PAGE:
Will a child’s impulsive behavior lead to lifelong problems?
This article is the second in a 5-part series on the 4 Personality Risk Factors.
Matthew was always the class clown. Even in his early elementary years, he developed a reputation for frequently interrupting class to make a joke, using physical humor to make his peers laugh, and on the playground, he was notorious for breaking the rules of whatever game they were playing.
When he got to middle school, nothing changed. In fact, he seemed to get more brazen in his interjections, using inappropriate words to get a big reaction. When he got to high school, not only was he on a first-name basis with the assistant principal and behind in most of his classes, he was one of the first kids of his year to drink alcohol and vape at parties.
The kids and the parents in the community weren’t surprised. His misbehavior and lack of self-control had been clear since first grade. Many parents and teachers made side comments about how much Matthew would struggle to transition into becoming a responsible adult.
It’s difficult to manage life successfully when you lack self-control, and the kids who struggle the most with behavior and discipline are often the ones who have academic struggles as well.
Without knowing the source of impulsivity in each kid — whether it’s an intense home environment, genetic predisposition such as Attention-Deficit/Hyperactivity Disorder (ADHD), immaturity, or poor role modeling — the results have similar patterns. It doesn’t go well for them later in life, and they might make some truly harmful mistakes along the way.
Later on, fueled by a strong desire to fit in and find acceptance from their peers, with less adult supervision and more freedom, kids who struggle with impulsivity can often be the first ones to experiment with harmful substances.
Research revealed in recent years sheds light on what makes one person more vulnerable to substance use issues than others, and it has to do with their personality.
There are four personality types in particular that seem to have a higher correlation with struggles.
Impulsivity looks different in each kid.
- Some kids do outrageous things to get attention from their peers.
- Others can’t help themselves and break clear, simple rules.
- Some have a hard time keeping their hands to themselves or saying things that are rude or insulting.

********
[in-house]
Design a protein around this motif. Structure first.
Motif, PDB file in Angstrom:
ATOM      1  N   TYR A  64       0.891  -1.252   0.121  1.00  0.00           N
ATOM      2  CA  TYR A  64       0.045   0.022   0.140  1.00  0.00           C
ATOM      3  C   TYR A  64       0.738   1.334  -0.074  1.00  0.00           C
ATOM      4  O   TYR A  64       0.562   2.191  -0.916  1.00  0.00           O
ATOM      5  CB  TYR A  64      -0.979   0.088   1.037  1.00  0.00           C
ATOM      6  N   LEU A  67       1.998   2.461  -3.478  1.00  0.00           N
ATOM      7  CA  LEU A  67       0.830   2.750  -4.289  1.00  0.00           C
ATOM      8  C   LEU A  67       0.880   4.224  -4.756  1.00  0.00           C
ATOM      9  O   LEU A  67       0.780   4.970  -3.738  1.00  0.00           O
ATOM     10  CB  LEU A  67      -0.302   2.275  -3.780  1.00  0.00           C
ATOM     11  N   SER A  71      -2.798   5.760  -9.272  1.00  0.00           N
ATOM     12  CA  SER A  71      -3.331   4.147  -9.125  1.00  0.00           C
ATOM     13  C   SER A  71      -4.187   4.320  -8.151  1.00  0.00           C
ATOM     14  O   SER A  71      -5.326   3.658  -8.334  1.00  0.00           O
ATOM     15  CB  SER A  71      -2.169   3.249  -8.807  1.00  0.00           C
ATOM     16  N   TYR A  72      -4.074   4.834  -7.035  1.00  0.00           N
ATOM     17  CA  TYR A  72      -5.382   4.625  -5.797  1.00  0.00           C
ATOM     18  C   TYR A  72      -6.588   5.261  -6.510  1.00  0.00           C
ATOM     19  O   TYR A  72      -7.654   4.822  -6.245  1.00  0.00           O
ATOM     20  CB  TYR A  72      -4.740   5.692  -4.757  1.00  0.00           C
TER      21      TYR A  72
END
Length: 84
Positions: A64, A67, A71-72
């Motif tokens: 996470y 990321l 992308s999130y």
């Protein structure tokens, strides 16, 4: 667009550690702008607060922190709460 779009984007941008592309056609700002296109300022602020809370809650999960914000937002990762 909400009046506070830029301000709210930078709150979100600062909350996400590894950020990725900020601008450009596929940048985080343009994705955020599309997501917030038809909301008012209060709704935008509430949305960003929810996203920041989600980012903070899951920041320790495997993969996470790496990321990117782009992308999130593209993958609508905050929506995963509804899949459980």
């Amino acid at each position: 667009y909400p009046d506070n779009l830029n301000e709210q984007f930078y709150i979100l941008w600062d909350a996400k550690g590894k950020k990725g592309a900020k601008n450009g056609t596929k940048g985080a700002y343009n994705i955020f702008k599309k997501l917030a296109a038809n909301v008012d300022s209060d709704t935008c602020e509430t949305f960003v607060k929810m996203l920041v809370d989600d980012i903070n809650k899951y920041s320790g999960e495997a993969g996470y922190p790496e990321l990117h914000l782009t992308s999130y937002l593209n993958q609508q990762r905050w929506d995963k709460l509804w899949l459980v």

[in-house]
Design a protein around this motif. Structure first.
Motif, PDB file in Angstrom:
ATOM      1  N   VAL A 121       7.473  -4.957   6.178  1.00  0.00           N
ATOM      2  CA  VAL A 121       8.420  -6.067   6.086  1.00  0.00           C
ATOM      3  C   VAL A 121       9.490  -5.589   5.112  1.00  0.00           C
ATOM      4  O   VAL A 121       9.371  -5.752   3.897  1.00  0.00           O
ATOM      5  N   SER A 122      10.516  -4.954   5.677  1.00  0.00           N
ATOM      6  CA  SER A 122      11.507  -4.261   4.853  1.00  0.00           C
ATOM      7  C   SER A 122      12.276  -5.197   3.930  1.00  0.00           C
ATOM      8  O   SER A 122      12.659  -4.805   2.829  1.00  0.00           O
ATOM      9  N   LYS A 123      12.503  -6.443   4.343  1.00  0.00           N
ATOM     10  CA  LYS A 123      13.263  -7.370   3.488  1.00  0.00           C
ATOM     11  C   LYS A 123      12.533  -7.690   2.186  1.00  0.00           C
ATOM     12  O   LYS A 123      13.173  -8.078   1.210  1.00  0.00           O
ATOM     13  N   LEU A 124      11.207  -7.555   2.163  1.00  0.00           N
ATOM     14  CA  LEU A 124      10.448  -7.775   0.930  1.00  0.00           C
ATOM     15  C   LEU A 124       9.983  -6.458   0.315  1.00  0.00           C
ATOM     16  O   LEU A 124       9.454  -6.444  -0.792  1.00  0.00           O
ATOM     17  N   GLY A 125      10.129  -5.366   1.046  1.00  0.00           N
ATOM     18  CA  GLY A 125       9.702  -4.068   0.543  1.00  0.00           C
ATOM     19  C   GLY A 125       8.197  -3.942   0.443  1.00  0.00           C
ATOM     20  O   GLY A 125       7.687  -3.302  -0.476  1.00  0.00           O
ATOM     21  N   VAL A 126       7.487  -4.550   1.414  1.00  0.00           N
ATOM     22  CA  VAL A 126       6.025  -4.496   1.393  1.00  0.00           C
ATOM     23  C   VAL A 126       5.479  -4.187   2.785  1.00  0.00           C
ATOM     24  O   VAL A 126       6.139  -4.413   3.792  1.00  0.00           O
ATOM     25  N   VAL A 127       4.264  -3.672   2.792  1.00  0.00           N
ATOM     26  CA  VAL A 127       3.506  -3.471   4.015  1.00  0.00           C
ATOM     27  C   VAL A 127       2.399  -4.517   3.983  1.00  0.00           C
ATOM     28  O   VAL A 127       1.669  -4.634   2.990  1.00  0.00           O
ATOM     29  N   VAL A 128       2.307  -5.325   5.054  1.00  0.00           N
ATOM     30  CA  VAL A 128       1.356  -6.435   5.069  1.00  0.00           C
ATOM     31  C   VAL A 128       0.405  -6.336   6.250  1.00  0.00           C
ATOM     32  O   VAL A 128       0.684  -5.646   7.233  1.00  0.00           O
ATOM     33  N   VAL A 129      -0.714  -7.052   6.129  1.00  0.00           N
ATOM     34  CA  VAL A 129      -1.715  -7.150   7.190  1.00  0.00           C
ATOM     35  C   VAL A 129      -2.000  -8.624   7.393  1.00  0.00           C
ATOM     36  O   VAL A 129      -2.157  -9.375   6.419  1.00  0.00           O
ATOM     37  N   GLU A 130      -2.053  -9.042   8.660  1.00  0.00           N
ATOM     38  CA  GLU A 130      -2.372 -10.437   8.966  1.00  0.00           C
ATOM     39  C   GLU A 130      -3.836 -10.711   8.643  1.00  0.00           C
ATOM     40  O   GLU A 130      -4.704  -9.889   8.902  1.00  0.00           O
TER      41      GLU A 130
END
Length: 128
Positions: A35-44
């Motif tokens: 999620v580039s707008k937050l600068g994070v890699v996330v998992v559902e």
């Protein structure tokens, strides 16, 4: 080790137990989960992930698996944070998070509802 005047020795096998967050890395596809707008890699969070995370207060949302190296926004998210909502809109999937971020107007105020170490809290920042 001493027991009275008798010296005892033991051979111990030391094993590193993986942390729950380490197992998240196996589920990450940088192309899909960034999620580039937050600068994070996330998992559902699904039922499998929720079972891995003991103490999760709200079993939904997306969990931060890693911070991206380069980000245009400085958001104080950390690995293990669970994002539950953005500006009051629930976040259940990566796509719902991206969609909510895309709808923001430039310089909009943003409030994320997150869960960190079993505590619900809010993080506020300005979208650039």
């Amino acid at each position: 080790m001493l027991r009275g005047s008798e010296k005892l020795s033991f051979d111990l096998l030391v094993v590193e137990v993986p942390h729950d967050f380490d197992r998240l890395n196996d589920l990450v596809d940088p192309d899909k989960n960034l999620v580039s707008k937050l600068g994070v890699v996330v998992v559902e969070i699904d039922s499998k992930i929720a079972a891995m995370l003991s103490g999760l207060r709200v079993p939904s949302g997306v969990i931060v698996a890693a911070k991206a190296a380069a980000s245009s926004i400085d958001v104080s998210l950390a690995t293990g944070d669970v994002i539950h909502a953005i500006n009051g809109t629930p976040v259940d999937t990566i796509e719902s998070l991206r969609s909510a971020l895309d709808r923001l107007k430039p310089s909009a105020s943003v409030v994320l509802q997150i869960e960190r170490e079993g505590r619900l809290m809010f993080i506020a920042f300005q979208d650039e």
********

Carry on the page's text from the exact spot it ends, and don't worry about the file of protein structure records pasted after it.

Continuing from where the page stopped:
- Others might struggle with interrupting their teacher or their friends. Often, they have a hard time being self or socially aware.
So what can we do, especially with kids who have a noticeable bias to impulsivity?
Consider being more intentional with them to cultivate a skill of thoughtfulness and self-reflection.
Here’s how that might look:
By definition, impulsive behavior is thoughtless action. It’s acting before thinking.
The skill, then, to cultivate is to learn how to think before acting. The only way to help a kid get there is to act as their narrator.
So here’s what we suggest you might try:
- After they’ve acted out, take some time to walk them through the sequence of events. With no shame, intensity, or accusation, ask them to talk through what happened, what they did, and process the reaction to their behavior.
- Then, invite them to walk through the same scenario again, but this time with a ‘What I Wish I Did’ lens. What could they have done differently? At what point did they realize they had gone too far? What might they do differently next time they’re in a similar situation?
It takes a while for any kid to develop self-awareness and wisdom. For some, their executive functioning might have more delays or impediments than others.
But, it’s important to be mindful of each kid’s developmental needs, and thoughtful to engage them in the skills everyone needs to handle the complexities of life.
If you’d like to start from the beginning of our 5-part series on the 4 Personality Risk Factors, read our article here. We dig in more to each personality type and how to guide kids well to make the healthiest, wisest choices in spite of their unique challenges.
Read the next article in our 5-part series on the 4 Personality Risk Factors here: sensation thinking.
The 4 Personality Risk Factors Table of Contents: